I'll Never Be Long Gone
The lives of brothers Charlie and Owen Bender are changed forever on the night their father walks into the Vermont woods with a death wish and a shotgun. The second shock comes when his suicide note bequeaths the family's restaurant to Charlie alone, while leaving Owen with instructions to follow his own path, wherever it may take him.
Years later, the restaurant is a success. The void in Charlie's life, created by his beloved brother's absence, is finally filled when a passionate affair becomes a deeply satisfying marriage. And now prodigal son Owen is returning home, to be welcomed back into the family fold. But the cruel legacy that tore a brotherhood apart created wounds not easily healed . . . and there must be reckoning.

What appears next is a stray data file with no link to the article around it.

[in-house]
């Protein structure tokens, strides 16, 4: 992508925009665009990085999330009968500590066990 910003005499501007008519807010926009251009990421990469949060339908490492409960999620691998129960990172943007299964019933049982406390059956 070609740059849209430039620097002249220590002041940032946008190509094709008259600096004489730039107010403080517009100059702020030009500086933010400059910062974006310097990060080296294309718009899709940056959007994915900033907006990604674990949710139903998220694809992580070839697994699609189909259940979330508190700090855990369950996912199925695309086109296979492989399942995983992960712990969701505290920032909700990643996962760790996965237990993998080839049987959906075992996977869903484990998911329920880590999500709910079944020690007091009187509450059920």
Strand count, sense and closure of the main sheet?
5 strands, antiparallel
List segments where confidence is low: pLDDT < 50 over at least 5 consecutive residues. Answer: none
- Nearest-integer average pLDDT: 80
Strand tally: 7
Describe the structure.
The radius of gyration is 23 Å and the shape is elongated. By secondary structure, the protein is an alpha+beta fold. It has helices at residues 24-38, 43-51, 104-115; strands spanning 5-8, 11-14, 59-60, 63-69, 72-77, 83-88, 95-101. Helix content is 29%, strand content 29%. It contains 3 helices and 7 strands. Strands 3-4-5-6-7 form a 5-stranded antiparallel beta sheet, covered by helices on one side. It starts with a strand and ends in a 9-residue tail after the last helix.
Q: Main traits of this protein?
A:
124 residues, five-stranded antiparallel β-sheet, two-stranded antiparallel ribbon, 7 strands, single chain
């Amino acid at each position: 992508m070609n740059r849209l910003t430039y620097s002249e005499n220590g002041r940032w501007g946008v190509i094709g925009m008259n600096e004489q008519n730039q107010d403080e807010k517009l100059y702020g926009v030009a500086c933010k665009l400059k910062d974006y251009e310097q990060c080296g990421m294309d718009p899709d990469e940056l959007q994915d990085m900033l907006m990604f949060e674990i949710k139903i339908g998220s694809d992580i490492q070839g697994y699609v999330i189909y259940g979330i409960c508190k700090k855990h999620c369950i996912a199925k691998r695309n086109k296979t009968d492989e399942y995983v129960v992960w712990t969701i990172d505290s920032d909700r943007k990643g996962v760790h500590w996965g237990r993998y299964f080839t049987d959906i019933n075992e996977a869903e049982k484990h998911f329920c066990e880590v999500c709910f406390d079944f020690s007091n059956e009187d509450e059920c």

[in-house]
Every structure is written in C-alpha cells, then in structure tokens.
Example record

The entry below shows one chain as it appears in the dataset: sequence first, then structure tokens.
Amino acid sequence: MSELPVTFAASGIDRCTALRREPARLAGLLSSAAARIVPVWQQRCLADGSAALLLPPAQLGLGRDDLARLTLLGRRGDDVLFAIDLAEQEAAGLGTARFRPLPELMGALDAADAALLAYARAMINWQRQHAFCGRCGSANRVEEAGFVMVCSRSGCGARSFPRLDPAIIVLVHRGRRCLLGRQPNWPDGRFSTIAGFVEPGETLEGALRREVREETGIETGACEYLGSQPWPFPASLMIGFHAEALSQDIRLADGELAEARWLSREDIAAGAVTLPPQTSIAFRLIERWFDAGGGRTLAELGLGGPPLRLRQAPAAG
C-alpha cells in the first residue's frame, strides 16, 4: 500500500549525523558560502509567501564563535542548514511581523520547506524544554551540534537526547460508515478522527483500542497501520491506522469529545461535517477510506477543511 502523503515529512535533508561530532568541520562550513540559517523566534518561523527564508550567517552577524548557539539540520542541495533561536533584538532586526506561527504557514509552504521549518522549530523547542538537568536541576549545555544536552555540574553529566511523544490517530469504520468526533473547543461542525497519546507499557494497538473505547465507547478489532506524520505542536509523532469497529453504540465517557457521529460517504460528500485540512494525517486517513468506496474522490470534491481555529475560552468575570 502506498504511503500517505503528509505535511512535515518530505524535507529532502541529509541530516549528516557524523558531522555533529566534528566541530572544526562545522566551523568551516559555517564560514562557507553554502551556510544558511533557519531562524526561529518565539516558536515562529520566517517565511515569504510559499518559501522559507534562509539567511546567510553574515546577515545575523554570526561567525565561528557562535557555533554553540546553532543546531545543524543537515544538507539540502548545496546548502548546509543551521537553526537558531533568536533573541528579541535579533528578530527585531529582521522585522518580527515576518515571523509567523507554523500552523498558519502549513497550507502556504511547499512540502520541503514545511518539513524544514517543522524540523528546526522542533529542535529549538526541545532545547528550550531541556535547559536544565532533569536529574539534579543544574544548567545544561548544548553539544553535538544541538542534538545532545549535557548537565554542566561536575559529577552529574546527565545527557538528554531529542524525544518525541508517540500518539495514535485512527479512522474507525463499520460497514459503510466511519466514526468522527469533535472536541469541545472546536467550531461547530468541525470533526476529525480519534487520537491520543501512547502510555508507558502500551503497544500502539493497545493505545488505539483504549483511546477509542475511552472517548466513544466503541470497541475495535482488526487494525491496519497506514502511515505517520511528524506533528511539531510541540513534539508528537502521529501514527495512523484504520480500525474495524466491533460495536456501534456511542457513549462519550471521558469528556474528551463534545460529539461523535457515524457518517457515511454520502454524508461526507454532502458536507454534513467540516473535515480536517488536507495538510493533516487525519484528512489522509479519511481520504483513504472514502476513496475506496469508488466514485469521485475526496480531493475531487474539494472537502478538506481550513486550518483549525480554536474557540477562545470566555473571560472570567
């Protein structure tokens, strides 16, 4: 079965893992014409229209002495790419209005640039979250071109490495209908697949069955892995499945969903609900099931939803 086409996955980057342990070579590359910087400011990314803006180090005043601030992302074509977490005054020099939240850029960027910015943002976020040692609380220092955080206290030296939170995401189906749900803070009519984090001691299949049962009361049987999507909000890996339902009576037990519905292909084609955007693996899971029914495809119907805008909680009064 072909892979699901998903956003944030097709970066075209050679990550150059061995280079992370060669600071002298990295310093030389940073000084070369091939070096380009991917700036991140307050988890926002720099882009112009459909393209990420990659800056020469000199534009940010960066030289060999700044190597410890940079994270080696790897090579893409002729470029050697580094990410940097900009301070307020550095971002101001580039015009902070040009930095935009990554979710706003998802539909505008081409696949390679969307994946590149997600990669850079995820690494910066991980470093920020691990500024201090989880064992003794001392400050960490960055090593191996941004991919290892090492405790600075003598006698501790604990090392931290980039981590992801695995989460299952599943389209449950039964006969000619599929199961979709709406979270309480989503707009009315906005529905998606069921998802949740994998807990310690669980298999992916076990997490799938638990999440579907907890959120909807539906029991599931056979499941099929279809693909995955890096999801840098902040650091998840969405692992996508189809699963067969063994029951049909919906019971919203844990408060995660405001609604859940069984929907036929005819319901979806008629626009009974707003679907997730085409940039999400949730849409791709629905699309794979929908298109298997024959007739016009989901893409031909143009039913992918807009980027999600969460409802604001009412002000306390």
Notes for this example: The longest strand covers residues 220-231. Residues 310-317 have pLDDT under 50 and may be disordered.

The rugged, rain-lashed landscape of Eden, Vt., becomes a palpably biblical backdrop for a moving generational tale in Greene's second novel (after Mirror Lake). The Bender brothers Charlie, 18, and Owen, 17 find their lives reshaped by the will of their formidable late father. To Charlie goes the family restaurant, Charlotte's; to Owen goes $10,000 and a directive to find himself. Greene flashes to years when Charles Sr. pitted son against son in Iron Chef like matches picking his successor, it's now clear. Charles's will also bequeaths his wife the freedom to return to city life, which she promptly does. Working himself to the bone in the kitchen, Charlie seeks an assistant chef, and Owen's high school girlfriend, Claire Apple, resurfaces with impeccable timing, having acquired both beauty and culinary savvy in her time away from Eden. The two fall in love, marry and have a son, Jonah, setting the stage for a smoldering Cain-and-Abel conflict when Owen returns after years of adventures. Greene's evocative descriptions of nature, food and love infuse this novel with sensuality and a nostalgia-tinged melancholy. And if Greene's reach for scriptural allegory feels presumptive, the book is redeemed by its careful consideration of the burden, and blessing, of legacy.